Tips For Ensuring You're Buying The Right Sunscreen For Your Skin Type

Besides living in a windowless cave or donning a full bodysuit in the sunlight, wearing sunscreen is the best way to prevent skin cancer. The American Academy of Dermatology Association urges everyone to wear a broad-spectrum, SPF 30+ sunblock every single day (even when it's cloudy outside or in the middle of winter) to protect their skin against the sun's damaging UV rays.


However, a 2020 survey conducted by RealSelf discovered that only 11% of Americans slather on sunscreen daily. Why are so many people skipping this essential step? One reason participants cited in the survey was that they didn't like the way sunscreen felt on their skin. Despite sun protection being so necessary, finding the right one for your skin tone and type isn't always as simple as grabbing the first bottle you spot on store shelves.

Fortunately, though, there's a formula for everyone as long as you know what to look for. Follow these tips to find the best sunblock to suit your skin's needs.

Sensitive skin

Skin sensitivity or irritation brought on by skin care products is fairly common: A 2019 review article published in Frontiers in Medicine noted that up to 70% of women and 60% of men have sensitive skin. Still, not all sunscreens are suitable for those with red, itchy, stinging complexions.


If topical products tend to trigger skin reactions for you, or if you already deal with a sensitive skin condition such as eczema or rosacea, opt for a mineral sunscreen (aka physical sunscreen). Mineral sunscreens usually contain ingredients like zinc oxide and titanium dioxide to block the sun's rays from penetrating your skin. Chemical sunscreens, on the other hand, use chemicals like oxybenzone and avobenzonethat absorb harmful rays, but this process can sometimes aggravate the skin. "The heat that's generated as a chemical sunscreen deactivates UV rays can trigger irritation for people with sensitive skin," medical aesthetician Annie Christenson explained to Houston Methodist. "Mineral sunscreens simply reflect these rays, so they don't have this issue."


As a rule of thumb, WebMD suggests choosing formulations made without fragrances, deodorizing ingredients, and alcohol.

Oily and acne-prone skin

A sunburn can wreck your complexion, but so can acne spots. Unfortunately, it can be a challenge for those with oily and acne-prone skin to find sunscreens that don't break them out. If you can relate, don't give up just yet. The perfect sunscreen for oily skin does exist, though it might not be the one you have stashed away under your bathroom sink at the moment.


Healthline explains that chemical-based sunblocks can exacerbate irritation, making blemishes even worse. To avoid clogged pores, choose lightweight, gel-like products, and scan the label for "oil-free" or "non-comedogenic" — these phrases signal that the sunscreen should not cause new pimples. You can also check the product label for ingredients known to control oil and treat acne, including tea tree oil and niacinamide.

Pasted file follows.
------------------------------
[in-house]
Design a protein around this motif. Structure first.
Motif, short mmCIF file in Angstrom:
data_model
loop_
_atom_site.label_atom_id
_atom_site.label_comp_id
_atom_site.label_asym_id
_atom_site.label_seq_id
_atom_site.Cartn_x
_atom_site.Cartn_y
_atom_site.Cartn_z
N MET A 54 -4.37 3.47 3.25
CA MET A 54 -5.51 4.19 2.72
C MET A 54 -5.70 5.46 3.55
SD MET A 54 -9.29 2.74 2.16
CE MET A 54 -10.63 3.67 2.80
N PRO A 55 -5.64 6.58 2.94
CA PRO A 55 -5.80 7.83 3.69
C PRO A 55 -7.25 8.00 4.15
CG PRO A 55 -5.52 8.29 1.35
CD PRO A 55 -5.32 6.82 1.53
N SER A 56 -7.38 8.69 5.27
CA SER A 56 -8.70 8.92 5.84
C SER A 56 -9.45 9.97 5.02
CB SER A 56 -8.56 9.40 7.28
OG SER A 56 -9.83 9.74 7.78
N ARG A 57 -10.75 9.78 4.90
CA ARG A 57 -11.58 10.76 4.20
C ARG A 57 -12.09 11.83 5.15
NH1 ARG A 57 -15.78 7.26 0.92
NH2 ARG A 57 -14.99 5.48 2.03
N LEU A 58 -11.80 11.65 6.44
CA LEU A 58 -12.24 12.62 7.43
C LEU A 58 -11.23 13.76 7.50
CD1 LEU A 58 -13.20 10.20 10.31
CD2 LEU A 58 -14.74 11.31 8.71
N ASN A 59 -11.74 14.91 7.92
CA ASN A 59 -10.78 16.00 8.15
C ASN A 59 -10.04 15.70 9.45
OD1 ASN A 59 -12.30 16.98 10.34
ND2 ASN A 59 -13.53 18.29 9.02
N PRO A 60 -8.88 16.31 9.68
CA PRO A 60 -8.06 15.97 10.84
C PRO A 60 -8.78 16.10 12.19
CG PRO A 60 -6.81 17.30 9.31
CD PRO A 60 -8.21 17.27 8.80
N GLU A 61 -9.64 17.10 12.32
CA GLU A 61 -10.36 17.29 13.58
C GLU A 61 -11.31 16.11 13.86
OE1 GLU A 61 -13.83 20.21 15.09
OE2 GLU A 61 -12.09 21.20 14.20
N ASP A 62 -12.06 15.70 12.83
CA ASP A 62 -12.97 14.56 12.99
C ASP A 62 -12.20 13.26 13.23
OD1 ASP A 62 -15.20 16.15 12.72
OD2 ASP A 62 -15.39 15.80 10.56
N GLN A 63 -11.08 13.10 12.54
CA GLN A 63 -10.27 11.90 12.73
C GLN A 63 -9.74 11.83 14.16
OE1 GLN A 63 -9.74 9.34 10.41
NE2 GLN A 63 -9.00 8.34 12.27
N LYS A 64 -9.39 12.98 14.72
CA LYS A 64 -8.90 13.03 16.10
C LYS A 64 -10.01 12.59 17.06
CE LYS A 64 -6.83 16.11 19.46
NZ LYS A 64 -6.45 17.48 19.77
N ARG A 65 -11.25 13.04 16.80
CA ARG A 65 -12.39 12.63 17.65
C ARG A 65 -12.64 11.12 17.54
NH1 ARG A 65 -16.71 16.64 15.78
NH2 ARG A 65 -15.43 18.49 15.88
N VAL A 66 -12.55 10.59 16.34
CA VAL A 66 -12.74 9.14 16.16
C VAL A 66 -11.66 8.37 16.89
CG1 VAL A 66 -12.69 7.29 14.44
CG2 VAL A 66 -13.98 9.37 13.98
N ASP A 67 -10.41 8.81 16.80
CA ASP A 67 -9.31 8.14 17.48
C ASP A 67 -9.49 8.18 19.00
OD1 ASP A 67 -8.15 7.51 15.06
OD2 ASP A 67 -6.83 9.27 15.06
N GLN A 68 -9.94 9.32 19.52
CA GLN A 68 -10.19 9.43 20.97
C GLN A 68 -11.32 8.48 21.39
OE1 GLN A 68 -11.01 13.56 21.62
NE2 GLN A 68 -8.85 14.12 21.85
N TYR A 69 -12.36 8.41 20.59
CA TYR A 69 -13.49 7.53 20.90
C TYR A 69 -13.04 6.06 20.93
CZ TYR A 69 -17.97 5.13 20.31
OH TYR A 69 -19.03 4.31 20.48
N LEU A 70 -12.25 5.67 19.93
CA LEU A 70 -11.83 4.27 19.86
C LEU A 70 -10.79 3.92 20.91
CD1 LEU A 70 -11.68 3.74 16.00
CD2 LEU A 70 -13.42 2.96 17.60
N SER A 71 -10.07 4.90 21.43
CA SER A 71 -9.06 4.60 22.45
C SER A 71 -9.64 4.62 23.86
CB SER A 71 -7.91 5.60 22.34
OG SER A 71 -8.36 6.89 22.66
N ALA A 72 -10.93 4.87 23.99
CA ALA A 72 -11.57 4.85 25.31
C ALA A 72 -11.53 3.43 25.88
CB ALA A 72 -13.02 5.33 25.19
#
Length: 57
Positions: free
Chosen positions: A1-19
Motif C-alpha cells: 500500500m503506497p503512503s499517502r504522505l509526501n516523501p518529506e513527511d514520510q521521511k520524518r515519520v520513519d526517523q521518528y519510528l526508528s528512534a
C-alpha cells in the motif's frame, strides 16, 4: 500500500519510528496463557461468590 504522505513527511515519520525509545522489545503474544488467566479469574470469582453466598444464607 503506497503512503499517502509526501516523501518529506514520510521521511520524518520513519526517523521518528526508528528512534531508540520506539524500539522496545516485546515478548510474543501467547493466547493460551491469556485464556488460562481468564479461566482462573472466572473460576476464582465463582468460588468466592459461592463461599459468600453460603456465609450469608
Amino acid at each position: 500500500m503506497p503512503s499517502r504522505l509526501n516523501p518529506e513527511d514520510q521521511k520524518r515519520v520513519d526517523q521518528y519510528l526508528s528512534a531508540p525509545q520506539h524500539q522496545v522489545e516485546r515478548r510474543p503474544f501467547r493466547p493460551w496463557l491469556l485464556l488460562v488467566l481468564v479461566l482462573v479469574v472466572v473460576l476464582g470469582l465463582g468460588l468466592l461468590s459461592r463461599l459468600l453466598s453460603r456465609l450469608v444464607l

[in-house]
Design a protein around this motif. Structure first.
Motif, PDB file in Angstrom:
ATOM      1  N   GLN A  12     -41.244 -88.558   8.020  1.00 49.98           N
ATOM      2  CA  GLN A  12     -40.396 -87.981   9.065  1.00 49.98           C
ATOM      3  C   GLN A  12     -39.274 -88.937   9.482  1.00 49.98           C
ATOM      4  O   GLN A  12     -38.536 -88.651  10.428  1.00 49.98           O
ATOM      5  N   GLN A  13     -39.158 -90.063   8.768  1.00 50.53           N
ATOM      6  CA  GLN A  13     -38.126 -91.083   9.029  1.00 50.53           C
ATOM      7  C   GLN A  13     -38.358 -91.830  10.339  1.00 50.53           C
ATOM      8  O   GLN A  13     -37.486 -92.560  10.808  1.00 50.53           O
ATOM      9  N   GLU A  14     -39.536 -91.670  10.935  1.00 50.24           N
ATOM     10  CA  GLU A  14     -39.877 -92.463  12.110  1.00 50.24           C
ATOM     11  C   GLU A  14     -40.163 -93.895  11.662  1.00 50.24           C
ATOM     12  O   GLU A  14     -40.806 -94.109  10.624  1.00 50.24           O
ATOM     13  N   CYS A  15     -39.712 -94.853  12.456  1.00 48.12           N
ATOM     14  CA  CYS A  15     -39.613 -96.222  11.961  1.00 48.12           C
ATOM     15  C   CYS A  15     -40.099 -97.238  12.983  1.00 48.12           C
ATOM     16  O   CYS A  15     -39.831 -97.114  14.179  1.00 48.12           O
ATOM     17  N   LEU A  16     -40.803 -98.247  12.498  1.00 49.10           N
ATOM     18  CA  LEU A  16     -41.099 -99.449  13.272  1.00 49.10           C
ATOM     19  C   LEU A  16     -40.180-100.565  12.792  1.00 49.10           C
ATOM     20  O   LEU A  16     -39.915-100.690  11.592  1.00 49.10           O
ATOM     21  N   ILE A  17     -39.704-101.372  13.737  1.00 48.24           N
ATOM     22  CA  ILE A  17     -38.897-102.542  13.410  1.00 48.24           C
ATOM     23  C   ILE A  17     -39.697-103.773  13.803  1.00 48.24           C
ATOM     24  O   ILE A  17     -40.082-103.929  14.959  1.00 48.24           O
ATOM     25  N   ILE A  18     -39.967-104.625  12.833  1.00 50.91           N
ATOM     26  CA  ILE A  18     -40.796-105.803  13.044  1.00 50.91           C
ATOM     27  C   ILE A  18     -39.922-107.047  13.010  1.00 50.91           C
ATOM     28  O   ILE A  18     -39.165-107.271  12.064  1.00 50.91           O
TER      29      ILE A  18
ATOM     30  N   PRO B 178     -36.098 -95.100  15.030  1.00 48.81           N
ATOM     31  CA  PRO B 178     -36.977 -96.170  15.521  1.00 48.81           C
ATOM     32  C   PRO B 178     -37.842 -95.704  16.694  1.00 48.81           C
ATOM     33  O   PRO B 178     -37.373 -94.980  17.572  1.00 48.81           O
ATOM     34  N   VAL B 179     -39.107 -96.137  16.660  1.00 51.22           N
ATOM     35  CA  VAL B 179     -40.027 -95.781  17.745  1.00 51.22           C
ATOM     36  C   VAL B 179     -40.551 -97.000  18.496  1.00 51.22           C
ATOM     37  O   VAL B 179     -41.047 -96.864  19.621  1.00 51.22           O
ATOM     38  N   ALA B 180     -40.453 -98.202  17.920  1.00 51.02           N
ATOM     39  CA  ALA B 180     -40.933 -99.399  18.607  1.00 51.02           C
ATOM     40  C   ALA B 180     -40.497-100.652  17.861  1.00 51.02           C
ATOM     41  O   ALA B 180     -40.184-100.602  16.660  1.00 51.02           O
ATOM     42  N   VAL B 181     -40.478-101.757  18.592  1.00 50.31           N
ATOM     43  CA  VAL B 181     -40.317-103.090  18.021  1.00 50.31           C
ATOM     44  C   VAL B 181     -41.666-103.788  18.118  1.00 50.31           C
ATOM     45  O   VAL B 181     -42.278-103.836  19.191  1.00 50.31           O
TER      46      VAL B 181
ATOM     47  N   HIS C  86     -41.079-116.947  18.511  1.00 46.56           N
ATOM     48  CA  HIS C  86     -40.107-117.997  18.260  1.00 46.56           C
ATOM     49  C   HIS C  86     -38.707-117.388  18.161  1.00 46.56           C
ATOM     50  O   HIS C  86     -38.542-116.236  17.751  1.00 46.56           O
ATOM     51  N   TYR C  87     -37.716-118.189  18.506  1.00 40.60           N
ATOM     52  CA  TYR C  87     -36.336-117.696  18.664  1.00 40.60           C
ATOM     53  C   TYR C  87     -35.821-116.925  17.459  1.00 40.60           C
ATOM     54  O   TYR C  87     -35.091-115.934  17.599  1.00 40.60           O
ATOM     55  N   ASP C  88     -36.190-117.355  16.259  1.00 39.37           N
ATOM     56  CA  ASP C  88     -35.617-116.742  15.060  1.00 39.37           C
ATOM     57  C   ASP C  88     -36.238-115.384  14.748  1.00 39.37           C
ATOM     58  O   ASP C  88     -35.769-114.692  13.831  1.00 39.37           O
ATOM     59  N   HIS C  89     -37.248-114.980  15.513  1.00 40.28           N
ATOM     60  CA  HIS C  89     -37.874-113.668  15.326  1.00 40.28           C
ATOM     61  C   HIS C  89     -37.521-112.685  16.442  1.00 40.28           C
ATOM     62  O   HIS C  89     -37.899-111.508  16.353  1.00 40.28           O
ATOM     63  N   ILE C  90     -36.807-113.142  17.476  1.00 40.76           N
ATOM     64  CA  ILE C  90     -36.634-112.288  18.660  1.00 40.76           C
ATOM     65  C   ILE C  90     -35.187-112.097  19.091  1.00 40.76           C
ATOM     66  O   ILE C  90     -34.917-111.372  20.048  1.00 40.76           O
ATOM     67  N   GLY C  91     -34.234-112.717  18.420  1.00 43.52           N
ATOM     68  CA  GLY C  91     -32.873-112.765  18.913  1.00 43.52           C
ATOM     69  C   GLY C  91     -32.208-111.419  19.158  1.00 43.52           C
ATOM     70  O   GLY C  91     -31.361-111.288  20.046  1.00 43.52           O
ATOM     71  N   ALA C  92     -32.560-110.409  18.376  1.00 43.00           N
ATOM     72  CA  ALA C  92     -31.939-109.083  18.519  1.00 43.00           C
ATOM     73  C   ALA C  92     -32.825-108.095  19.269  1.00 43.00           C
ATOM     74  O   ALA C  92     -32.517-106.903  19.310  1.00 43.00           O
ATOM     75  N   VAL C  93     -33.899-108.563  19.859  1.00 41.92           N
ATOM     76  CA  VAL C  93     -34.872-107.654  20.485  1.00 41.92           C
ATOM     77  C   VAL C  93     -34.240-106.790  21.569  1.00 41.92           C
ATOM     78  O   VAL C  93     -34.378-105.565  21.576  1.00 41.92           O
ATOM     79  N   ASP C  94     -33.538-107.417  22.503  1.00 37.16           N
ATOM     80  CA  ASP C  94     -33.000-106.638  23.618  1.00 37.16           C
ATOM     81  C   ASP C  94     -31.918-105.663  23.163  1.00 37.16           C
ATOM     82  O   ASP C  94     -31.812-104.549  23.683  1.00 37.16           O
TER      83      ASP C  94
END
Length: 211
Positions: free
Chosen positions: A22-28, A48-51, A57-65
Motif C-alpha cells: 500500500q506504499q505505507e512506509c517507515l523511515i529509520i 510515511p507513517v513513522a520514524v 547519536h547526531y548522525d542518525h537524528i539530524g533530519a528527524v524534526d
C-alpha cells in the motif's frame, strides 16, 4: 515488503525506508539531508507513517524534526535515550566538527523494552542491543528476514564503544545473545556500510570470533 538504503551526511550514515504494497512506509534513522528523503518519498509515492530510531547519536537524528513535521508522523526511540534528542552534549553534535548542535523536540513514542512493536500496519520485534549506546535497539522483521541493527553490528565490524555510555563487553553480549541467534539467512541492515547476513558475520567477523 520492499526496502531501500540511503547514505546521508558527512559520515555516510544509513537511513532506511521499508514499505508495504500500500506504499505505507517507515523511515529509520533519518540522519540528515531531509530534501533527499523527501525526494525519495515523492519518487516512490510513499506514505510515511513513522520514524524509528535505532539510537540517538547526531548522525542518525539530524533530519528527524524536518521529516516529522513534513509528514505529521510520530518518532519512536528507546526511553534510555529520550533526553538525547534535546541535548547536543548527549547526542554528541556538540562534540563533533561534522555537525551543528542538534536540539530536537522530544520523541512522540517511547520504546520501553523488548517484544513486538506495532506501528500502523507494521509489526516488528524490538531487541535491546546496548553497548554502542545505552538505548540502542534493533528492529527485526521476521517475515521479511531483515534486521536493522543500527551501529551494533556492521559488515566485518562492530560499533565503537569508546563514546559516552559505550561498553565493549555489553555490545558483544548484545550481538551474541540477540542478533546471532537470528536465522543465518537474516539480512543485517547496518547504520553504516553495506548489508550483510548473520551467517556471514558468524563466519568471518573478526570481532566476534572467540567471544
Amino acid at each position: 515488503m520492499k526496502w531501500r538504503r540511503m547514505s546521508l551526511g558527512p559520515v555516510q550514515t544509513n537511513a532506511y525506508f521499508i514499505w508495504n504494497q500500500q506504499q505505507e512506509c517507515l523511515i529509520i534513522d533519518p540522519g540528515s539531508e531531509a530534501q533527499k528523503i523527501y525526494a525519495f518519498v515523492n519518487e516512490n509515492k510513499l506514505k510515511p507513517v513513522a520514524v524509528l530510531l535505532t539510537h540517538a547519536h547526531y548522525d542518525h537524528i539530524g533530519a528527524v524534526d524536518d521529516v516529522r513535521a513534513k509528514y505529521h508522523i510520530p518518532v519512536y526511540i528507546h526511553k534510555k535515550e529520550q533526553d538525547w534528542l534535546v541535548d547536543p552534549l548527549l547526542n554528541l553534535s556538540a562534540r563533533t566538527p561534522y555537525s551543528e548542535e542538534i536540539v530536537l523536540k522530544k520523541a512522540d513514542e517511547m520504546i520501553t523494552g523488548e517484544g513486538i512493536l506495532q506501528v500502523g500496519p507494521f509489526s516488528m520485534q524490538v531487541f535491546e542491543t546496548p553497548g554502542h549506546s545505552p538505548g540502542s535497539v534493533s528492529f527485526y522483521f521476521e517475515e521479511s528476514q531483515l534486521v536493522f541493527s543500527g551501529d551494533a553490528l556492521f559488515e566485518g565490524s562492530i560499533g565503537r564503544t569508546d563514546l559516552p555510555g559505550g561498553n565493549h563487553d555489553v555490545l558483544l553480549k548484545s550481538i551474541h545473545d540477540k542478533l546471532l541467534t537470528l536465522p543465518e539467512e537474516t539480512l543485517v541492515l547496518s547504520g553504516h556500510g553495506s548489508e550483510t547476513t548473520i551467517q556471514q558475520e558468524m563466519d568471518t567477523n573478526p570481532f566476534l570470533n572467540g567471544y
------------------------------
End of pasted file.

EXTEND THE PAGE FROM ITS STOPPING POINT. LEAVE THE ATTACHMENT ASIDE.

If you're concerned about piling on too many products at once, especially on your face, try a moisturizing SPF. Regardless of the type of sunscreen you choose, be sure to reapply it throughout the day, specifically every two hours.

Dry and mature skin

If you have dry or mature skin, sunblock may help with smoothing out and warding off any fine lines and wrinkles, as well as other signs of aging.

While any sunblock is better than none, dry and mature skin may respond best to a chemical formula rather than a mineral-based one, "which is less likely to settle into fine lines and wrinkles," Dr. Sara Perkins, a board-certified dermatologist, explained to The Cut.


One of the mainstay ingredients found in mineral sunscreens is zinc oxide, which has astringent properties, according to Michigan State University's Center for Research on Ingredient Safety. In other words, after applying a mineral sunscreen, your skin will produce less oil, drying out your already-parched skin, especially during the winter months. To combat its drying effects, reach for rich, creamy lotions to help lock in moisture. Even better, search for a moisturizing sunscreen with ingredients like shea butter, glycerin, and hyaluronic acid.

Melanin-rich skin

From an all-over deep skin tone to dark spots and melasma, melanin is the pigment that gives skin its gorgeous color, but some sunscreens leave a dreaded white cast that, if you have darker skin, might turn you against SPF altogether. Thankfully, this is an issue generally associated with mineral sunscreens since many chemical formulations blend in to match your skin tone.


If you do prefer to go the mineral route, more brands are working hard to create formulas that blend seamlessly into darker skin. A solution worth trying is reaching for mineral sunblocks with pigments added to mask any white residue. "Choose a tinted sunscreen for extended protection against visible light wavelengths," dermatologist Dr. Justine Kluk suggested to My Imperfect Life. "This is especially relevant if you are prone to dark marks such as melasma or post-inflammatory hyperpigmentation."

WebMD says mineral sunscreens formulated with micronized and nano-sized minerals might keep the white cast at bay, though the safety of these tiny particles regarding inhalation and ingestion is still up for debate.